To combat this perceived lack of interest of institutional investors in the way the businesses they are investing in are run, the UK Stewardship Code was introduced in 2010 – though this has turned out to be relatively toothless and politicians will be looking for other ways to further influence the standards of Corporate Governance in the boardrooms of the major UK companies.

Both codes are ‘owned’ by the Financial Reporting Council (FRC) which consults widely before making revisions to the codes – in the case of the latest revision to the code, consultation started in February 2017 and concluded a year later in 2018. The transparency of this process has been questioned with some commentators saying that the resultant revisions bear little resemblance to the responses submitted during the consultation.

The new shorter and sharper Code seeks to re-emphasise the relationships between companies and their shareholders and stakeholders, which are enshrined in the 2006 Companies Act, and their importance for the long-term sustainable growth of the UK economy.

The main changes to the code include:

  • a new provision to enable greater board engagement with the workforce to understand their views. The Code asks boards to describe how they have considered the interests of stakeholders (that is anyone with a legitimate interest in the company including employees, customers, suppliers and the local community) when performing their duty under Section 172 of the 2006 Companies Act;
  • a requirement for Boards to create a culture which aligns company values with strategy and to assess how they preserve value over the long-term;
  • an assurance that boards:
    • have the right mix of skills and experience;
    • encourage constructive challenge and;
    • promote diversity;
  • an emphasis on the need to refresh boards and undertake proper succession planning;
  • consideration of the appropriateness of Chairs remaining in post beyond nine years;
  • strengthening the role of the nomination committee in succession planning and establishing and maintaining a diverse board;
  • conducting regular external board evaluations – Nomination committee reports should include details of the amount of contact the external board evaluator has had with the board and individual directors;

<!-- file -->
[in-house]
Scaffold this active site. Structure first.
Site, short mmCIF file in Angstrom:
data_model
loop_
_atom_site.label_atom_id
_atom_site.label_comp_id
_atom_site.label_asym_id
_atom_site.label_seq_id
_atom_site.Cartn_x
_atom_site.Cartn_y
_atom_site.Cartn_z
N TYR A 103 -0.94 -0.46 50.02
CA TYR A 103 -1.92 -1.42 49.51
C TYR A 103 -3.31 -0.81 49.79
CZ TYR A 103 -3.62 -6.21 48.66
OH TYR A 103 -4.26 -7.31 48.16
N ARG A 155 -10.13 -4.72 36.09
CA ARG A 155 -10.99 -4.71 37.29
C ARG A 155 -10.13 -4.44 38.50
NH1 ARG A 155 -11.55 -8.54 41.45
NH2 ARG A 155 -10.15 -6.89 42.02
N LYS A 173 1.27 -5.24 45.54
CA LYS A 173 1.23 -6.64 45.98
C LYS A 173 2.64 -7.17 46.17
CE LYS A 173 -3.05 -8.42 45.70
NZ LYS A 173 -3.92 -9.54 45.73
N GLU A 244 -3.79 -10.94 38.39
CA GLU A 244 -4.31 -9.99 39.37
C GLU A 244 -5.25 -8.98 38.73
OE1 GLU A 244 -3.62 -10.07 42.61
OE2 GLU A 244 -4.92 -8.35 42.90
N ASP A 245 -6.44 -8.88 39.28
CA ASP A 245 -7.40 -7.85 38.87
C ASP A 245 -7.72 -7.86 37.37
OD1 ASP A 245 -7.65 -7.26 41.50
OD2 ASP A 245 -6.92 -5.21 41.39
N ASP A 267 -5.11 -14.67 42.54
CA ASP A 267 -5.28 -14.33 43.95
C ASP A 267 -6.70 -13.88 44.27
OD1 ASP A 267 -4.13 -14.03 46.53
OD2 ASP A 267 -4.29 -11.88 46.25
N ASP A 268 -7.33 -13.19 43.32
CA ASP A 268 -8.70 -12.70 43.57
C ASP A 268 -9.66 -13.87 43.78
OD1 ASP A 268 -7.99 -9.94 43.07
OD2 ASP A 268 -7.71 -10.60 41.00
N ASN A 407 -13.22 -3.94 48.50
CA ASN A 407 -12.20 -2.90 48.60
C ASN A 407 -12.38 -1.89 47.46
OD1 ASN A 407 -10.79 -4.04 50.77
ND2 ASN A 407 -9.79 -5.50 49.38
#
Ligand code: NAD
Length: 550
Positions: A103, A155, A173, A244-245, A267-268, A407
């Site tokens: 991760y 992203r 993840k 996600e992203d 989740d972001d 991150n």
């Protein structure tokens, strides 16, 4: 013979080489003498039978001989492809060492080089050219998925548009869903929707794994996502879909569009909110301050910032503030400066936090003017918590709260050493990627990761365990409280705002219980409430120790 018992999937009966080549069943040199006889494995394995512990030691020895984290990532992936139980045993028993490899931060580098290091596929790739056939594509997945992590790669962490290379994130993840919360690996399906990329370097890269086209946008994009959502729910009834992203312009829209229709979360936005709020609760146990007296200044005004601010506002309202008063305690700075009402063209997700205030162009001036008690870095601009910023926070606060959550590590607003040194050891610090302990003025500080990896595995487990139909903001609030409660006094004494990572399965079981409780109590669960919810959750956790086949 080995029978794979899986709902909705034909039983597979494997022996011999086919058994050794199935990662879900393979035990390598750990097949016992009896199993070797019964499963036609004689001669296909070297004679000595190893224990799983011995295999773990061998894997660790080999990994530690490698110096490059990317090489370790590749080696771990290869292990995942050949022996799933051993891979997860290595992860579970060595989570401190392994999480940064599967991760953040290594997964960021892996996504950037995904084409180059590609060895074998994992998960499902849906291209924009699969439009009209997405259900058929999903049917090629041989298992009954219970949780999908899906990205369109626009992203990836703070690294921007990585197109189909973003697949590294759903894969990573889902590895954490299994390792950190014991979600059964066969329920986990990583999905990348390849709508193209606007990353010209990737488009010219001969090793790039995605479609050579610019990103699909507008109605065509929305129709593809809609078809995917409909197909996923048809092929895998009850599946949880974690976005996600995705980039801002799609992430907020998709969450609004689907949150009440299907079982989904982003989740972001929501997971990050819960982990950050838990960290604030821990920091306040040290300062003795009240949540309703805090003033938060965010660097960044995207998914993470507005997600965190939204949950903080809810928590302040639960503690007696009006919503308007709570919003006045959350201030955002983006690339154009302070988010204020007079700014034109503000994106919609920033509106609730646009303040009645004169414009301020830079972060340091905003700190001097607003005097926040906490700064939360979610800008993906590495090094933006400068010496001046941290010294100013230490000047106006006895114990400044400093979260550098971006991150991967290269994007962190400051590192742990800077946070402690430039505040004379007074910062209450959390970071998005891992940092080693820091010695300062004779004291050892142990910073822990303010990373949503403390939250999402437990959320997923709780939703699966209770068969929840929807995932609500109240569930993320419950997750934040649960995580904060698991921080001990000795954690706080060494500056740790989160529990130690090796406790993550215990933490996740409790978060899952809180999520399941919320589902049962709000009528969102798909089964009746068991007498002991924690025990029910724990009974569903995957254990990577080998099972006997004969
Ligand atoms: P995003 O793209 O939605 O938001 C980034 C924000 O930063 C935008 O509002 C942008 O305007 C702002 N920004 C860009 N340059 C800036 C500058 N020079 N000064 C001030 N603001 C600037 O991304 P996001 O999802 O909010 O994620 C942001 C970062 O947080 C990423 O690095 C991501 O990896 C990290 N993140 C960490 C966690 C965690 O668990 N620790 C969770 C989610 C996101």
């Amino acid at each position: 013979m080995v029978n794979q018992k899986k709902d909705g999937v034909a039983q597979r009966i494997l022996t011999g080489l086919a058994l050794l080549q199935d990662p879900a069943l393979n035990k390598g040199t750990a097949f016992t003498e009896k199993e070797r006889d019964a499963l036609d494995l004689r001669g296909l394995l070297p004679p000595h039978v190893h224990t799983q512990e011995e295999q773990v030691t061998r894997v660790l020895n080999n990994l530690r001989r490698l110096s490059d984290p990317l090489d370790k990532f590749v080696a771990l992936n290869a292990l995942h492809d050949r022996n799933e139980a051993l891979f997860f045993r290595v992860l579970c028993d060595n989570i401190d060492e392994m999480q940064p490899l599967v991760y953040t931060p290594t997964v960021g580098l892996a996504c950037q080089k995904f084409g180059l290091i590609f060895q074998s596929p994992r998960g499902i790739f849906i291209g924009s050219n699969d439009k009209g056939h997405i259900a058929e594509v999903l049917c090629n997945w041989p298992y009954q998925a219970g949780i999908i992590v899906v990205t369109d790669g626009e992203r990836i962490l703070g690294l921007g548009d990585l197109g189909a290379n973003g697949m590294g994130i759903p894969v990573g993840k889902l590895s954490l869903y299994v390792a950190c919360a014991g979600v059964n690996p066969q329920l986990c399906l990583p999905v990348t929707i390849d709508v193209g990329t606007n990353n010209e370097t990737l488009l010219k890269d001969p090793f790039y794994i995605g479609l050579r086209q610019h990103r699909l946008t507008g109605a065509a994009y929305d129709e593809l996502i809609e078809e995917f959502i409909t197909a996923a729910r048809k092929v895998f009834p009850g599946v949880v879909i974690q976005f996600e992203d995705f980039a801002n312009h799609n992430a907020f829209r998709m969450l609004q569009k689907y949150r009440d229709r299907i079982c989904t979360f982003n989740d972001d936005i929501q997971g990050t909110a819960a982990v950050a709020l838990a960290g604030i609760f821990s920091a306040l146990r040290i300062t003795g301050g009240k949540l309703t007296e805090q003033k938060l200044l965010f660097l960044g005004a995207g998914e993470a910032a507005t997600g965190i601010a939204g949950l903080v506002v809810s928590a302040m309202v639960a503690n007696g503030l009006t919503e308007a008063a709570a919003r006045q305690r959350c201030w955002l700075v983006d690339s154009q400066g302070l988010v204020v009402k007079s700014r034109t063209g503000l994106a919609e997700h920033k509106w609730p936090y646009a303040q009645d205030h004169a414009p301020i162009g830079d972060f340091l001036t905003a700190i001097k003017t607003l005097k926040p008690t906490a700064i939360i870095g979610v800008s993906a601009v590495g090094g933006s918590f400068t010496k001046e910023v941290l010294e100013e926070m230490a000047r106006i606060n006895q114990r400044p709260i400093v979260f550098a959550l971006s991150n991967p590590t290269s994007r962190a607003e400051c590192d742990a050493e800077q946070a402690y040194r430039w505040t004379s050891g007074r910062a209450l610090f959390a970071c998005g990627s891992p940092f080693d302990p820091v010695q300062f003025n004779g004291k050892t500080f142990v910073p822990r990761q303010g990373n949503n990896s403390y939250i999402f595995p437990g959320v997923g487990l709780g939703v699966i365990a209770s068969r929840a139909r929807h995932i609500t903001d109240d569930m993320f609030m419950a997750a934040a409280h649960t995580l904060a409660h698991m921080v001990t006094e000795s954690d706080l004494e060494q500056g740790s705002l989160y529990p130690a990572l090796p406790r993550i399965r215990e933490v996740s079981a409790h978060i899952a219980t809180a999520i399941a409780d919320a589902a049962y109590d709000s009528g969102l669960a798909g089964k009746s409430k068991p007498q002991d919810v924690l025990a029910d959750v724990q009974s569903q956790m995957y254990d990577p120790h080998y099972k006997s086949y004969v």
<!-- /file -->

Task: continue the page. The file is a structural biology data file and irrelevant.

• an emphasis on the need for remuneration committees to take into account workforce remuneration and related policies when setting director remuneration including performance-related pay to address public concerns over excessive executive remuneration.

FRC Chairman Sir Win Bischoff said about the new code:

“Corporate governance in the UK is globally respected and is a framework trusted by investors when deciding where to allocate capital. To make sure the UK moves with the times, the new Code considers economic and social issues and will help to guide the long-term success of UK businesses.

This new Code, in its new shorter and sharper form, and with its overarching theme of trust, is paramount in promoting transparency and integrity in business for society as a whole.”

Business Secretary Greg Clark said:

“Britain has a good reputation internationally for being a dependable place to do business, based on required high standards. It is right that we keep under review and update our corporate governance code to ensure the highest standards.

“That is why I supported the FRC in deciding to update their Corporate Governance Code, and I am pleased to see the revised Code.

“These changes will drive improvements in how boardrooms engage with employees, customers and suppliers as well as shareholders, delivering better business performance and public confidence in the way businesses are run. They will help the UK remain the best place in the world to work, invest and do business.”